THERE was already one solid reason for not putting the engine size on the badge of a new car these days - you might think it was a misprint in metal.
"No car that big could possibly have an engine as tiny as that", you might have thought on spying an enamelled '1.0' on the boot lid.
Well, it has and it really needn't blush to admit that three tiddly cylinders - all 999ccs of them - are doing the work. This latest version of the latest Golf is a little cracker to drive.
And reason number two for not displaying the modesty of your engine's capacity for all to see? Well, here is a 1.0 litre car that costs more than £20,000.
Precisely, £20,710. Again, best perhaps not advertise how little engine you're getting for your money.
Better by far not to mention the lack of cubes but persuade a potential purchaser behind the wheel instead. When all thought of what's under the bonnet (size wise, at any rate) will vanish as quickly as a grin appears.
For that small powerhouse pumps out 127 strong horses, makes enthusiastic thrumming noises and turns this large-ish family-sized hatch into a featherweight champ with a punch way above its on-paper promise.
Really, it's that good. This is the first time the Golf has offered an economy special BlueMotion version with a petrol engine - it was all diesel before - but the debut is worthy of standing applause.
You may have heard - he said, with eyebrows raised - that Volkswagen is currently not flavour of the year in diesel car circles. In fact, the whole future of diesel as a fuel is under the pollution spotlight, so what better time to introduce a petrol version with high economy in mind.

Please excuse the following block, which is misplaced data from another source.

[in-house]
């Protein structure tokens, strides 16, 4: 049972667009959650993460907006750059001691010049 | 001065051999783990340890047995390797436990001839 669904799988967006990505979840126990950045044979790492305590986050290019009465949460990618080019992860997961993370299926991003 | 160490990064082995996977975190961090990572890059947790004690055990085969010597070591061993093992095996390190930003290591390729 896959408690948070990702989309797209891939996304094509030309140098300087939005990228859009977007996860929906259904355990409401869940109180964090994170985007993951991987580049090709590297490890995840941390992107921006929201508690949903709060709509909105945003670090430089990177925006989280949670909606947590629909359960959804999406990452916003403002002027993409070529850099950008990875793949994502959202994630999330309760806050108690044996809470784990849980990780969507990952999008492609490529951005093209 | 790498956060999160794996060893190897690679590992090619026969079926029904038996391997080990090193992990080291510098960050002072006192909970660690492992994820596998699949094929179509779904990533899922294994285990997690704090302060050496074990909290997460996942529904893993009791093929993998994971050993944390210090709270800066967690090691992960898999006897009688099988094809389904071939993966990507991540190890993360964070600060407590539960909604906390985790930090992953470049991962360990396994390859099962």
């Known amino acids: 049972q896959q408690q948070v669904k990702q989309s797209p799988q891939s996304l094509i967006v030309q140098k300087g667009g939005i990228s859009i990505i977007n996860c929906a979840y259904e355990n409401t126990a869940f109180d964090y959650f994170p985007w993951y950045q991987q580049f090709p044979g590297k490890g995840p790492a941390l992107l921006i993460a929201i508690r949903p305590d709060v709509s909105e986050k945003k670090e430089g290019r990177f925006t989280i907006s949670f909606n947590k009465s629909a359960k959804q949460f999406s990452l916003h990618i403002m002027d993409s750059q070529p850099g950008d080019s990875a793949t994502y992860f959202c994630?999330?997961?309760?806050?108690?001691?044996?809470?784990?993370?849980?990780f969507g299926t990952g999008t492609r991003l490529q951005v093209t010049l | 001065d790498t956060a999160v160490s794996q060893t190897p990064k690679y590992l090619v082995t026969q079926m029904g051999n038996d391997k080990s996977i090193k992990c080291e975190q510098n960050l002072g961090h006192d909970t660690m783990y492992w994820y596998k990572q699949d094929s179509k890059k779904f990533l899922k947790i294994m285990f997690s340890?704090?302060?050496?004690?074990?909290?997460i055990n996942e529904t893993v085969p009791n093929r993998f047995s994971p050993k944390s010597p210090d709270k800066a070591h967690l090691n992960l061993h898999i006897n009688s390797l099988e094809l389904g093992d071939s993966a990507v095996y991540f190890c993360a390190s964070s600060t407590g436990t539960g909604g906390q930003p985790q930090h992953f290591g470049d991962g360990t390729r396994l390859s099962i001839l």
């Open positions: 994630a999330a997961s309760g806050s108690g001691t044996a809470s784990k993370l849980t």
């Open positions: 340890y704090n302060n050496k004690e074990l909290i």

Up to nearly 66mpg according to the method that VW (and all the other car makers have to use) but a figure that real world driving will hardly ever see.
My brief experience on a mixture of roads saw 47.8mpg on the Golf's trip computer. Not bad, but a diesel would have done better.
I've seen an easy 60mpg in an oil burning Golf, which brings us to the dilemma faced by the driver of almost any small capacity petrol engined car.
There are two ways to drive them; slowly for economy, when they're dull as ditch water, or foot down for fun, when they feel like little road rockets, but turn thirsty.
The choice is yours and I wish you well as you fight the urge to enjoy your eco Golf.
A 127mph top speed and sprint to 62mph in 9.7 seconds give some warning how hard that restraint might prove, although the 99g/km emissions figure means you'll pay no road tax while exercising the car.
Whatever speed you choose to conduct your car you'll enjoy a machine that, as well as looking stylish inside and out, goes a very long to justify that twenty grand bottom line.
Take a look at the standard kit that comes with the BlueMotion edition; starting with satellite navigation, heated front seats, air conditioning, adaptive cruise control, DAB radio, alloy wheels and electric windows all round.
Then there's the way it drives - again - with a deliciously crisp gearchange, positively firm brakes and a ride that shrugs off its slightly lowered and stiffened 'sports' suspension.
If ever there was a car that gives far more than a dry read of the online brochure reveals, this is it. It really needs to be experienced from behind the wheel.